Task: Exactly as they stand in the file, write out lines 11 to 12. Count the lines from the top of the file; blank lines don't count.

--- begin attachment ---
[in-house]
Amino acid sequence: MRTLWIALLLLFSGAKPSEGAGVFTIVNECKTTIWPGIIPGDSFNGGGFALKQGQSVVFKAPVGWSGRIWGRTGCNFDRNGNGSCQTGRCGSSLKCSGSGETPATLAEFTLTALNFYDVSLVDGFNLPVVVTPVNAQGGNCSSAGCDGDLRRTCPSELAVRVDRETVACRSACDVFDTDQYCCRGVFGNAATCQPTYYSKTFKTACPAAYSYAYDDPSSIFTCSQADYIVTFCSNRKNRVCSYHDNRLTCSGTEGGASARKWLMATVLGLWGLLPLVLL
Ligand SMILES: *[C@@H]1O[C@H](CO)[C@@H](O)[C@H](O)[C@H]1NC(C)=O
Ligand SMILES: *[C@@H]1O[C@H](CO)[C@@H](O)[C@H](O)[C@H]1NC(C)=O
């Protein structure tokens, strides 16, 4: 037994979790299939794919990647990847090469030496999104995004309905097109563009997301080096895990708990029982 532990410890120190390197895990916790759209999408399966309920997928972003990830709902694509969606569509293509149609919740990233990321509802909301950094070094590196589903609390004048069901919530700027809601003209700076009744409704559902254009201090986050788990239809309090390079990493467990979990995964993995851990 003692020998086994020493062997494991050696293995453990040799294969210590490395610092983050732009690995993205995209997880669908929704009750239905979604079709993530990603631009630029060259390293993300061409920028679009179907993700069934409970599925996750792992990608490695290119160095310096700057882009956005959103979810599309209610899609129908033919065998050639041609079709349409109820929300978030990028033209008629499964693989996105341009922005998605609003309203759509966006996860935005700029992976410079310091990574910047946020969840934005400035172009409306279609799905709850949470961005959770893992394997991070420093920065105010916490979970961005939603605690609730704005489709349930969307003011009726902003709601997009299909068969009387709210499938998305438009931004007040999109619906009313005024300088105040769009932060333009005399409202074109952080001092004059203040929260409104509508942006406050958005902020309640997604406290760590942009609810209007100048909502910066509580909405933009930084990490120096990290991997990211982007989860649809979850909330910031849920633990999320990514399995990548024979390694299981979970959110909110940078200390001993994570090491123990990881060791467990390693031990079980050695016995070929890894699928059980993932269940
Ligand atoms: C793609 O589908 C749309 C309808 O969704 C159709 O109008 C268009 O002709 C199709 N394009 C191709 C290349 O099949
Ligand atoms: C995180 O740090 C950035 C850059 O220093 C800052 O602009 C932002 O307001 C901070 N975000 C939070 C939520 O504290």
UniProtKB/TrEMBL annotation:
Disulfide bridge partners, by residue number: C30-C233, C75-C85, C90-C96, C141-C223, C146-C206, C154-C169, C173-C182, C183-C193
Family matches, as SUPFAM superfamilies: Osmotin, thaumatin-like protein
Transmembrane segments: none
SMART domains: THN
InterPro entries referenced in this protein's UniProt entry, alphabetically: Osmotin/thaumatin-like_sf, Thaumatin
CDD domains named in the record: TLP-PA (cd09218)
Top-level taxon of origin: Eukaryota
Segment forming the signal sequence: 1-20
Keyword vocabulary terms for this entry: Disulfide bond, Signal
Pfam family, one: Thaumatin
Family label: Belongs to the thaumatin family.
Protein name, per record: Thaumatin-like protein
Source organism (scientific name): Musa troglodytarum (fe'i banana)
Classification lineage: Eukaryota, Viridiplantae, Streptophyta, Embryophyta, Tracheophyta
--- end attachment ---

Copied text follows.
Transmembrane segments: none
SMART domains: THN